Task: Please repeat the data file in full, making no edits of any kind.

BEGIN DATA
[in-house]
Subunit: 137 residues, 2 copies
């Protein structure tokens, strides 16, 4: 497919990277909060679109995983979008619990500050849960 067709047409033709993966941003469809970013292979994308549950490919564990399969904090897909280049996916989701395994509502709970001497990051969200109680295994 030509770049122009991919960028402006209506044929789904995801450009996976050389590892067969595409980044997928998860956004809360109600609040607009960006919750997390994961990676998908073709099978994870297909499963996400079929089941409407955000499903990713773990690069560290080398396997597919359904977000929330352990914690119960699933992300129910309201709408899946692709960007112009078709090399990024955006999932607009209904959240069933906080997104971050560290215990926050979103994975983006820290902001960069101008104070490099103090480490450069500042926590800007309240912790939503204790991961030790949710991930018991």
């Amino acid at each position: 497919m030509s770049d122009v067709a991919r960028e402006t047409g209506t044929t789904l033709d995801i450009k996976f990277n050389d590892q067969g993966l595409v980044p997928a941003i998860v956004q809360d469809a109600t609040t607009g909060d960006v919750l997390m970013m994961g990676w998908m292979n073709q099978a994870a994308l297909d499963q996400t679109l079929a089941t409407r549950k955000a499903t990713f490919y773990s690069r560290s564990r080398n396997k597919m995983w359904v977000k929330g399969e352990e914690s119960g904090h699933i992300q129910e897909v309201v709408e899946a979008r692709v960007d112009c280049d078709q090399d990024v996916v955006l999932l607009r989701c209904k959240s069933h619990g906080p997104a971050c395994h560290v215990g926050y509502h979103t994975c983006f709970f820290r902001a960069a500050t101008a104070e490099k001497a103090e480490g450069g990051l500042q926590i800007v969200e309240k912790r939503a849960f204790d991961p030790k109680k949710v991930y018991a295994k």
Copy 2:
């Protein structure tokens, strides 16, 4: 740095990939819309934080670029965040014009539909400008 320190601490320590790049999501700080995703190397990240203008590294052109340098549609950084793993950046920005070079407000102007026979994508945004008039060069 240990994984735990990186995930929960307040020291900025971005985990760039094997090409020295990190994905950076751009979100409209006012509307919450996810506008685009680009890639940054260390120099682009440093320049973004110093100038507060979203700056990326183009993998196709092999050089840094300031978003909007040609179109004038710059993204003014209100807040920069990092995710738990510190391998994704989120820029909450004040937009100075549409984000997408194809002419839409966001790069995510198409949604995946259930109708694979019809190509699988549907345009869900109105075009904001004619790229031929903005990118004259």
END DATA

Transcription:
[in-house]
Subunit: 137 residues, 2 copies
């Protein structure tokens, strides 16, 4: 497919990277909060679109995983979008619990500050849960 067709047409033709993966941003469809970013292979994308549950490919564990399969904090897909280049996916989701395994509502709970001497990051969200109680295994 030509770049122009991919960028402006209506044929789904995801450009996976050389590892067969595409980044997928998860956004809360109600609040607009960006919750997390994961990676998908073709099978994870297909499963996400079929089941409407955000499903990713773990690069560290080398396997597919359904977000929330352990914690119960699933992300129910309201709408899946692709960007112009078709090399990024955006999932607009209904959240069933906080997104971050560290215990926050979103994975983006820290902001960069101008104070490099103090480490450069500042926590800007309240912790939503204790991961030790949710991930018991």
């Amino acid at each position: 497919m030509s770049d122009v067709a991919r960028e402006t047409g209506t044929t789904l033709d995801i450009k996976f990277n050389d590892q067969g993966l595409v980044p997928a941003i998860v956004q809360d469809a109600t609040t607009g909060d960006v919750l997390m970013m994961g990676w998908m292979n073709q099978a994870a994308l297909d499963q996400t679109l079929a089941t409407r549950k955000a499903t990713f490919y773990s690069r560290s564990r080398n396997k597919m995983w359904v977000k929330g399969e352990e914690s119960g904090h699933i992300q129910e897909v309201v709408e899946a979008r692709v960007d112009c280049d078709q090399d990024v996916v955006l999932l607009r989701c209904k959240s069933h619990g906080p997104a971050c395994h560290v215990g926050y509502h979103t994975c983006f709970f820290r902001a960069a500050t101008a104070e490099k001497a103090e480490g450069g990051l500042q926590i800007v969200e309240k912790r939503a849960f204790d991961p030790k109680k949710v991930y018991a295994k």
Copy 2:
């Protein structure tokens, strides 16, 4: 740095990939819309934080670029965040014009539909400008 320190601490320590790049999501700080995703190397990240203008590294052109340098549609950084793993950046920005070079407000102007026979994508945004008039060069 240990994984735990990186995930929960307040020291900025971005985990760039094997090409020295990190994905950076751009979100409209006012509307919450996810506008685009680009890639940054260390120099682009440093320049973004110093100038507060979203700056990326183009993998196709092999050089840094300031978003909007040609179109004038710059993204003014209100807040920069990092995710738990510190391998994704989120820029909450004040937009100075549409984000997408194809002419839409966001790069995510198409949604995946259930109708694979019809190509699988549907345009869900109105075009904001004619790229031929903005990118004259």